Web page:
James McAdoo, North Carolina: Expanding Offensive Repertoire
James McAdoo has the potential to be the ultimate role-player, and that's okay. Understanding one's limitations is a major aspect of finding a niche in the NBA.
But to maximize his potential as a role player, McAdoo will need to become more of a threat with the ball in his hands. Whether it's taking one dribble and a jumper or spotting up from downtown, he doesn't want to limit himself to just finishing in transition and tip-in dunks.
It wouldn't be unfair to say that close to 75 percent of McAdoo's made field goals come off one dribble or less. Expanding his offensive repertoire would allow him to play a larger role in a prospective team's offense.
Rudy Gobert, Chalet: Building Strength, Inside Presence
Gobert is a head-turner based primarily on his resemblance as a Whacky Waving Inflatable Arm Flailing Tube Man you see at car washes and such.
A 7'9'' wingspan is unprecedented to my knowledge, at least by a prospect with NBA-relevance. Throw those arms on a 7'1'' body that can get up and down the floor, and that my friends is an intriguing combination for any sport.
At his size, Gobert must prove he can body up down low and be a factor on the glass. It would be in Gobert's best interest to set up a tent in a nearby weight room.
Alex Poythress, Kentucky: Creating off the Dribble, Creating a Mismatch
Poythress' label as an NBA prospect is combo-forward, because of his power forward size and small forward mobility as a perimeter threat.
Taking advantage of this versatility will be Poythress' top priority in order to maximize his NBA draft value. He should draw slow-footed power forwards for defenders, which plays right into his strengths as a face-up mismatch. Against quintessential swingmen, or long, 6'7" small forwards, Poythress should overpower them inside and en route to the hole.
In order for Poythress to sustain an advantage, creating offense off the dribble must be the catalyst driving the mismatch.
Isaiah Austin, Baylor: Strength, Interior Presence
Austin's unique offensive package includes a 7'1" body, 9'3'' standing reach and the skill set of a small forward.
But what it doesn't include is a guarantee on the box saying, "Compatible with NBA-play."
You don't have to be an NBA draft expert to assess Austin's physical stature as "skinny." Whether or not he can bang with the big boys at the pro-level remains to be seen, and it will be tough for him to prove that in his first year in college.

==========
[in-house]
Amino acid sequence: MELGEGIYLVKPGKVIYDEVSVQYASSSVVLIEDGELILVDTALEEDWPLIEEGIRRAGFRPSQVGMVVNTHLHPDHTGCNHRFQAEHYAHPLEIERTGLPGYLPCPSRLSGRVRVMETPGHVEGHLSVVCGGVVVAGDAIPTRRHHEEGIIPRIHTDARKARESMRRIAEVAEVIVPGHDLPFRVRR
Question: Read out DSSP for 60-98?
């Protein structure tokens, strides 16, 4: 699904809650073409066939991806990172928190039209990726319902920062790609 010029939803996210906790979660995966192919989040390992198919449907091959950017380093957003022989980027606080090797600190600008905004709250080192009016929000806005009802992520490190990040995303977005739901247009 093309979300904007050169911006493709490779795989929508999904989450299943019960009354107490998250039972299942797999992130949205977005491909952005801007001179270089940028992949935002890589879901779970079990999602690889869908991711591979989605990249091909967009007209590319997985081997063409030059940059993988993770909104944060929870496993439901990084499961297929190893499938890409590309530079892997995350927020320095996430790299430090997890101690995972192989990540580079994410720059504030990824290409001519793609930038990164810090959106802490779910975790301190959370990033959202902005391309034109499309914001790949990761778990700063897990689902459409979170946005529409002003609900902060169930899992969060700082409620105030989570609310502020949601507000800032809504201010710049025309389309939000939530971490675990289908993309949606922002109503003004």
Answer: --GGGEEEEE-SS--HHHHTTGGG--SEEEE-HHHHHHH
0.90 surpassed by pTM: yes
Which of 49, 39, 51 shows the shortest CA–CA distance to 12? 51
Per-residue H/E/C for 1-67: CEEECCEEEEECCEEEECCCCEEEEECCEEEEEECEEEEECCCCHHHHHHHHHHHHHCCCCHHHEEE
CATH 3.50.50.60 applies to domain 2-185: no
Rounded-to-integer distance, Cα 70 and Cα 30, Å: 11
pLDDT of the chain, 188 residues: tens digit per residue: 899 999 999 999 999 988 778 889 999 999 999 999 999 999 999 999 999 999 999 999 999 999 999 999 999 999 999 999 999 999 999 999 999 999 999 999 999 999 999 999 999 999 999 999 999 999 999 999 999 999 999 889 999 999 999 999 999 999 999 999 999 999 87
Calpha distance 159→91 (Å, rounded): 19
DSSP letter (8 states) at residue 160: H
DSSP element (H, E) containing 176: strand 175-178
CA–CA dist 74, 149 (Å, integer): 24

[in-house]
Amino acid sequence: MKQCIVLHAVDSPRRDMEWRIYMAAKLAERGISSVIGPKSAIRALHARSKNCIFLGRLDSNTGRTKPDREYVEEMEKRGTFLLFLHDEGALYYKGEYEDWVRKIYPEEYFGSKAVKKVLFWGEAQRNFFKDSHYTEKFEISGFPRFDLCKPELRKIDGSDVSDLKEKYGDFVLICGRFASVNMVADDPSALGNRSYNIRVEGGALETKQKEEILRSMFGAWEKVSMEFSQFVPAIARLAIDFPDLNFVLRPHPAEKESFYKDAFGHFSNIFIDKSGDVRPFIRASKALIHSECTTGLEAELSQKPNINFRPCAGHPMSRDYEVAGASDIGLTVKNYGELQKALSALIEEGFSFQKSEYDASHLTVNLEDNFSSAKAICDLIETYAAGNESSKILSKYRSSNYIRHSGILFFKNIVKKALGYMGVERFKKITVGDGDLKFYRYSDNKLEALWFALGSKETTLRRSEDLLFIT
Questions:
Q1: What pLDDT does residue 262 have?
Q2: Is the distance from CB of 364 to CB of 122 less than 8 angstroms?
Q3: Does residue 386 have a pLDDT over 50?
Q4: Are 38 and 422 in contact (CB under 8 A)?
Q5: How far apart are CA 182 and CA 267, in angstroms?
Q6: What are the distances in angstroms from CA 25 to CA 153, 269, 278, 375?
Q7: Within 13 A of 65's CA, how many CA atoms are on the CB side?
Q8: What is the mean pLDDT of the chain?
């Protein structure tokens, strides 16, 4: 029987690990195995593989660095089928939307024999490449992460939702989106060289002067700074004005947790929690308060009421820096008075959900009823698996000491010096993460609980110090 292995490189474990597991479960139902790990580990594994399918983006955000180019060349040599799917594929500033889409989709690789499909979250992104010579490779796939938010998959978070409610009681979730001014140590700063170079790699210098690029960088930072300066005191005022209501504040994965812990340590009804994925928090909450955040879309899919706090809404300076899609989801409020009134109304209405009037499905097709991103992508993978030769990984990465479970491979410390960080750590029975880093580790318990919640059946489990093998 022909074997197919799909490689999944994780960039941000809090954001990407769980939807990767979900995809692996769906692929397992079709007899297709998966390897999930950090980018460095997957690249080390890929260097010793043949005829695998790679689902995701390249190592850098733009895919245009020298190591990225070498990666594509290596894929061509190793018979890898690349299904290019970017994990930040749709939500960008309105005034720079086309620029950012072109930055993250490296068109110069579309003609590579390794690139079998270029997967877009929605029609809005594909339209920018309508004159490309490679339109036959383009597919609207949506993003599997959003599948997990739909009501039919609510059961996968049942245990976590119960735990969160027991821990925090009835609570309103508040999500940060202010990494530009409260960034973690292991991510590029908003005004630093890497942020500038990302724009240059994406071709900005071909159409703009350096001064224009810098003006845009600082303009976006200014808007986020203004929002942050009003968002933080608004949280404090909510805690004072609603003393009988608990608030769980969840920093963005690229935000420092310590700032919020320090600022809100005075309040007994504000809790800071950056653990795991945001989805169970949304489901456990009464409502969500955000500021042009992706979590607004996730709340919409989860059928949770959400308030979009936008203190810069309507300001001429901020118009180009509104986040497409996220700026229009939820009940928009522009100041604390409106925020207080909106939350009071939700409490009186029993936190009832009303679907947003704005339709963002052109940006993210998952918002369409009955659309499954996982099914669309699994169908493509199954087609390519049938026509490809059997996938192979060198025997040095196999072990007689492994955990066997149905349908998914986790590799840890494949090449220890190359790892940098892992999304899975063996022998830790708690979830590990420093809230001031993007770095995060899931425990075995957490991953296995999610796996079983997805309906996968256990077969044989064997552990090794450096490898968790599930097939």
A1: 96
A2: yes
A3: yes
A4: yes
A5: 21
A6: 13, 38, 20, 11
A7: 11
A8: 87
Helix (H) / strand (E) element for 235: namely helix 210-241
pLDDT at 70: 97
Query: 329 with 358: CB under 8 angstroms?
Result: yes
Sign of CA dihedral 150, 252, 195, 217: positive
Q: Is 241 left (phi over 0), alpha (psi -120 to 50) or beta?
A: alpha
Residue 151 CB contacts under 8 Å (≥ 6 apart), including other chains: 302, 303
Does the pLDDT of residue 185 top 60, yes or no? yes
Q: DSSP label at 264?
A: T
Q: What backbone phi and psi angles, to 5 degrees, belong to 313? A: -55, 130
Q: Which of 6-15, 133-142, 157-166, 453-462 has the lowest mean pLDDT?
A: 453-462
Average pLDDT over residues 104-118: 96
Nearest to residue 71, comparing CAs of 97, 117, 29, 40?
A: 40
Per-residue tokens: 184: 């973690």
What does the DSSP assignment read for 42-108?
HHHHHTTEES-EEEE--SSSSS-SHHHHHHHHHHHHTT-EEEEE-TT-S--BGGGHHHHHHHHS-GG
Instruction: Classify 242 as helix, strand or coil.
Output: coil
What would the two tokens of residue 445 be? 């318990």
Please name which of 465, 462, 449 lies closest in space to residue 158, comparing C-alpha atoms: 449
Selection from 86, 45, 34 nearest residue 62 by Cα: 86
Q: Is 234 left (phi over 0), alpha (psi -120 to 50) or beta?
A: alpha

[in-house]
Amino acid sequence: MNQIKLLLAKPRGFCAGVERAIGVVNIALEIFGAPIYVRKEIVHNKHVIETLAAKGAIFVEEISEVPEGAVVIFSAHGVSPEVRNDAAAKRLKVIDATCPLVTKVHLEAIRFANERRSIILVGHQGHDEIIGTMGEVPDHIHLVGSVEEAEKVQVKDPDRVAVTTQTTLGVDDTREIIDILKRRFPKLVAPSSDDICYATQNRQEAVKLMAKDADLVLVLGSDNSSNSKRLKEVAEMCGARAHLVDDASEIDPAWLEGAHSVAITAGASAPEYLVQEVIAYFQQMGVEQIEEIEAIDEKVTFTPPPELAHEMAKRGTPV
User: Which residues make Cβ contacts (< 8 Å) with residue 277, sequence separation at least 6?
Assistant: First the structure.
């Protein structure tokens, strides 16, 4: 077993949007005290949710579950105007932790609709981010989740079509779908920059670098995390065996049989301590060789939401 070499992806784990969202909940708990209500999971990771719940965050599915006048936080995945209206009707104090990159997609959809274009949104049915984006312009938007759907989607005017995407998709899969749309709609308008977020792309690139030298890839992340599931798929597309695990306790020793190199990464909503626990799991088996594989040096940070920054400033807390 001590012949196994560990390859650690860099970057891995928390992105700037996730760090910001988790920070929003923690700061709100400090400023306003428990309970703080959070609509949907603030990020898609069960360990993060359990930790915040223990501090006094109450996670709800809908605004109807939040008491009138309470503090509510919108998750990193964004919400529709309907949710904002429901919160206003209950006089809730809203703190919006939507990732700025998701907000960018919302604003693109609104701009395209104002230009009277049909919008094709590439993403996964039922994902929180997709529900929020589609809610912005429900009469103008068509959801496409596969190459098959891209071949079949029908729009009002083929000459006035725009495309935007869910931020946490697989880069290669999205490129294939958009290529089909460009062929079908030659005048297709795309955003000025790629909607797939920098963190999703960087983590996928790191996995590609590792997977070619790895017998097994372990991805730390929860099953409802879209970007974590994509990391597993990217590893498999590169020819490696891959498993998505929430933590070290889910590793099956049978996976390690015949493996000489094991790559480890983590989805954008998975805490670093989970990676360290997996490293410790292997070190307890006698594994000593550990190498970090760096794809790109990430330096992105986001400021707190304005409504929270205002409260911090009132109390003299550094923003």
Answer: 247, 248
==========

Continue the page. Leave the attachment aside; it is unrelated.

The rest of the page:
Regardless, scouts are going to want to see if he's got the skill set to play on the perimeter, so showing off that impressive three-point stroke, mid-range touch off curls and finishing ability at the rim would increase his basement as a prospect (basement = "worst comes to worst" outcome).
You don't want Austin to get caught in the same bubble as Anthony Randolph and Jared Jeffries, who couldn't find a position to save their lives. Providing a stronger interior presence and continuing to build his frame would maximize his draft stock as a potential lottery pick next June.
Ryan Harrow, Kentucky: Facilitating a Half-Court Set
Harrow's elusiveness off the bounce gets him open looks at will, which has led to his reputation as a shoot-first or scoring point guard instead of a pure one. And while that may be true, it's fairly evident that the NBA game is a better setting for Harrow's particular skill set.
At Kentucky, he'll have the best possible opportunity to show scouts and evaluators that he's capable of running a half-court offense. Harrow must pick and choose his spots as a scorer and playmaker while protecting the ball and remaining efficient.
Keeping the offense running in a cohesive manner is a responsibility Harrow should put on his shoulders.
He's got boatloads of talent as a ball-handler, athlete and scorer. Channeling this talent evenly and efficiently would ease the tension of executives who're looking for a point guard, not a combo.
Archie Goodwin, Kentucky: Shooting off Catch and Dribble
Goodwin's physical tools and scoring instincts match the requirements necessary for fulfilling NBA off-guard duties. At 6'5" with long arms and smooth athleticism, slashing off the ball and scoring with space ahead are two areas of the game where Goodwin excels.
But in order to solidify his position with the game's top prospects, Goodwin will need to improve his consistency from the outside. While he's capable of knocking down threes and pull-up jumpers, he projects as a low-percentage scorer because of his streaky shooting tendencies.
Right now his jumper isn't necessarily a weakness, however it's definitely not a strength. There are plenty of athletic slashers with only mid-level ceilings because of their inability to connect from the perimeter. A threatening stroke would separate Goodwin from the other talented off-guards who we've seen come and go over time.
C.J. Leslie, North Carolina State: Perimeter Effectiveness, Interior Defense
Leslie has crazy athleticism and trampoline-bounce that allow him to consistently make plays above the rim. With the agility and speed of a small forward, Leslie can play out on the perimeter, though his instincts serve best in the paint.